By: R. W. Church
Published By: Double9 Books
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Francis Bacon has a rarest confluence of excellent qualities ever bestowed upon a human brain. His initial and never-ending love throughout his entire life was the passionate and glorious aspiration for knowledge. And yet, it wasn't just a miserable existence; it was a life of poverty. Bacon sold himself to James I's despicable and dishonest government. He was prepared to work for Bacon, who was his most devoted and wealthy employer, to pursue Essex. Essex was guilty to the State—deeply guilty. With his eyes open, he willingly submitted to a system that was beneath him. It appears that he lived by the guiding principle of his natural philosophy, parendo vincitur. He experienced a sense of being engulfed by powerful forces in both the moral and physical realms, powerless against direct confrontation. His first lesson on nature is that it must be conquered by paying attention to its inclinations and requirements. He was sent to Cambridge at the age of twelve and placed under Whitgift at Trinity. When Bacon was just 16 years old, he was accepted into Gray's Inn's Society of "Ancients." He travelled to France as a member of Sir Amyas Paulet's household, the Queen's ambassador.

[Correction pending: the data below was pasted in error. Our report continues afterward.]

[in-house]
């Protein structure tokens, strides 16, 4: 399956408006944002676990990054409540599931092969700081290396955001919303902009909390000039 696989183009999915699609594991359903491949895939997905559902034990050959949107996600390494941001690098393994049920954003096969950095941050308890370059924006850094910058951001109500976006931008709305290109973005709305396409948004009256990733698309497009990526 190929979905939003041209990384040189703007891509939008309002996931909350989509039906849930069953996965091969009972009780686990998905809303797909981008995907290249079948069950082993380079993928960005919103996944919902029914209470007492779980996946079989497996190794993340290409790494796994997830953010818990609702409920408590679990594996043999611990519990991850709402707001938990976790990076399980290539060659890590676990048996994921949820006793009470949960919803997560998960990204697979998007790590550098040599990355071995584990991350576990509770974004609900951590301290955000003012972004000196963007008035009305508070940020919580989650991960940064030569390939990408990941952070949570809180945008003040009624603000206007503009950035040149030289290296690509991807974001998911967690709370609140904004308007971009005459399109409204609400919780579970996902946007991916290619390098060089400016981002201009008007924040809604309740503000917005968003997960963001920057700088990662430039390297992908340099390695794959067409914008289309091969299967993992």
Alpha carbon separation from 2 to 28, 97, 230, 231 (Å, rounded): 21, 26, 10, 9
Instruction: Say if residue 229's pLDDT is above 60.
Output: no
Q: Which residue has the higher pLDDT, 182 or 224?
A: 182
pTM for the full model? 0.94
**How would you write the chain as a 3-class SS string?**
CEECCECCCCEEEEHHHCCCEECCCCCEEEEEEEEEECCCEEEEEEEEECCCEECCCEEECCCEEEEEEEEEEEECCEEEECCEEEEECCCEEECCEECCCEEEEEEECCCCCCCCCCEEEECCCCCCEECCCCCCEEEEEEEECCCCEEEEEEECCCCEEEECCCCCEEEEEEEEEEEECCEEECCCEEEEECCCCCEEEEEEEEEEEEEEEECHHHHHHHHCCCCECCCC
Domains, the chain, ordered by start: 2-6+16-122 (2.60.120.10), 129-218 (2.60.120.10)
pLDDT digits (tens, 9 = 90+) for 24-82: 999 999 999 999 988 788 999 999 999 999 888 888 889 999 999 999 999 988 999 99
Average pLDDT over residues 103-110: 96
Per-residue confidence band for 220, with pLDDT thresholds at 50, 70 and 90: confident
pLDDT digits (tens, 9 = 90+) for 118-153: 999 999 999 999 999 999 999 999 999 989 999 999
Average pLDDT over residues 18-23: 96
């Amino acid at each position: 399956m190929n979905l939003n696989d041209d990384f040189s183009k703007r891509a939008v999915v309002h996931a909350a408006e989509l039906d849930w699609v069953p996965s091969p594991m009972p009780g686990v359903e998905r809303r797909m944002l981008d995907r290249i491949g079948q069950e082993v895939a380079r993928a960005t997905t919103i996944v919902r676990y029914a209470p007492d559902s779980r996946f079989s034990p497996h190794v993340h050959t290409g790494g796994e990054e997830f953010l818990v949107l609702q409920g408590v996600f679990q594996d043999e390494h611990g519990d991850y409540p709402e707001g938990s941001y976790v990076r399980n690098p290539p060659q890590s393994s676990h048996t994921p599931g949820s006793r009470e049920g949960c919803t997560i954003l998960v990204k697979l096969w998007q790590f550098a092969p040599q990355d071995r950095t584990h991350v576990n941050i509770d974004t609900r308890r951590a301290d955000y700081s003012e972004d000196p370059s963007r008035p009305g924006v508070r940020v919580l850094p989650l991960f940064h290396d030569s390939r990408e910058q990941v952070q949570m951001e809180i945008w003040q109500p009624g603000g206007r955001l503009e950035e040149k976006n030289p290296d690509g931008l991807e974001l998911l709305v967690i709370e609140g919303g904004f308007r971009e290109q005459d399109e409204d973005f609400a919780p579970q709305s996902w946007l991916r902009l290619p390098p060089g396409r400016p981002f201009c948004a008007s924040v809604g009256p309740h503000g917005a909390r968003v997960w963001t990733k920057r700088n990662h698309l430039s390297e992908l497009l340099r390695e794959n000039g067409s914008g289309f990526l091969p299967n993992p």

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About Author

R. W. Church

R.W. CHURCH About the author Richard William Church, sometimes known as Dean Church, was an English churchman and writer who lived from 25 April 1815 to 6 December 1890. The oldest of three boys born to wine trader John Dearman Church and his wife Bromley Caroline Metzener, Richard William was born (died 1845). John was not baptised into the Church of England until his marriage in 1814. His paternal grandparents, Cork businessman Matthew Church and his wife, were Quakers. In 1818, the family relocated to Florence. His mother moved to Bath when his father passed away in 1828, and he was enrolled at Redland, a severe evangelical school near Bristol. He was enrolled to Wadham College at Oxford in 1832, and in 1836 he graduated with first-class honours. In the meanwhile, his mother had remarried to Leghorn-born widower Thomas Crokat. He co-founded The Guardian newspaper in 1846 and contributed to The Saturday Review early on. He once more served as Oriel's instructor before accepting the modest living of Whatley in Somerset, close to Frome, in 1858. He was reportedly a conscientious parish priest and a dedicated learner who made significant contributions to contemporary writing.

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Product Details

  • Publisher: Double 9 Books
  • Publishing Year: 2023
  • Language: English
  • Paperback: 170 Pages
  • ISBN-10: 935748129X
  • ISBN-13: 9789357481298
  • Item Weight: 204g
  • Dimension : 216 x 140 x 9.71 mm
  • Country of Origin : India
  • Reading age : 10+
  • Importer: Double 9 Books
  • Packer: Double 9 Books
  • Book Type : Biography & Autobiography / Philosophers